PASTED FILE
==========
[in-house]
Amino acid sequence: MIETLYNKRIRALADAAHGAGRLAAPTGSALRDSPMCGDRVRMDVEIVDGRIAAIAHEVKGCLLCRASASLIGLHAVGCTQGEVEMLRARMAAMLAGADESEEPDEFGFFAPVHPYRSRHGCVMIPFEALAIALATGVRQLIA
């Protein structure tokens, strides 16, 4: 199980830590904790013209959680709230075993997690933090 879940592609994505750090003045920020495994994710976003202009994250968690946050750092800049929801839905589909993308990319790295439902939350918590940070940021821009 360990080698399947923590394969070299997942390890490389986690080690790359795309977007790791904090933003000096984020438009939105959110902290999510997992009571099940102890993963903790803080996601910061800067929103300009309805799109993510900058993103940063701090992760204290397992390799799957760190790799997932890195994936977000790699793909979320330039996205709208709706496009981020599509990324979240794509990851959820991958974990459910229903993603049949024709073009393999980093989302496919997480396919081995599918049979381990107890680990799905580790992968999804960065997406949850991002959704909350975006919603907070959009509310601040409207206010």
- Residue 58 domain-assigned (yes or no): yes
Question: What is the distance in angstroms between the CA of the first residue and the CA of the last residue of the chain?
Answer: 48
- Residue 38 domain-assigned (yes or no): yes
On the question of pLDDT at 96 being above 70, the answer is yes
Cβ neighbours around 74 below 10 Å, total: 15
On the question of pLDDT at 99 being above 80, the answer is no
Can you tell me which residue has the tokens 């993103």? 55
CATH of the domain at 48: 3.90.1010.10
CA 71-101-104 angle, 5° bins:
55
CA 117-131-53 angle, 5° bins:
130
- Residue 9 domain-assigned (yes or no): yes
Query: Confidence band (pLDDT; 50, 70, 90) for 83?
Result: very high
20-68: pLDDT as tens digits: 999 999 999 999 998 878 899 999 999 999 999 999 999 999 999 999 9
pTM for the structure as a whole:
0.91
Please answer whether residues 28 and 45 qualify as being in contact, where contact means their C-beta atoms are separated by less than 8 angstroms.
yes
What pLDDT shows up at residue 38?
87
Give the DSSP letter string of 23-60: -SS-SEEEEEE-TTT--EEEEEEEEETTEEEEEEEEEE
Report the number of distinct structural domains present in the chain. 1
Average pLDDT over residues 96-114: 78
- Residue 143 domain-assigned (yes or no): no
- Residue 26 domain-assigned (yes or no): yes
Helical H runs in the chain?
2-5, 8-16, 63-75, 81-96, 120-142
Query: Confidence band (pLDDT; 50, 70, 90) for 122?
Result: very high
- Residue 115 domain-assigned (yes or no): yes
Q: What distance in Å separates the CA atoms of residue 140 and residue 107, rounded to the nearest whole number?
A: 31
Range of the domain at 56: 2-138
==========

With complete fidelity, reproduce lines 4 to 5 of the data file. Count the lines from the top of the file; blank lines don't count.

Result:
- Residue 58 domain-assigned (yes or no): yes
Question: What is the distance in angstroms between the CA of the first residue and the CA of the last residue of the chain?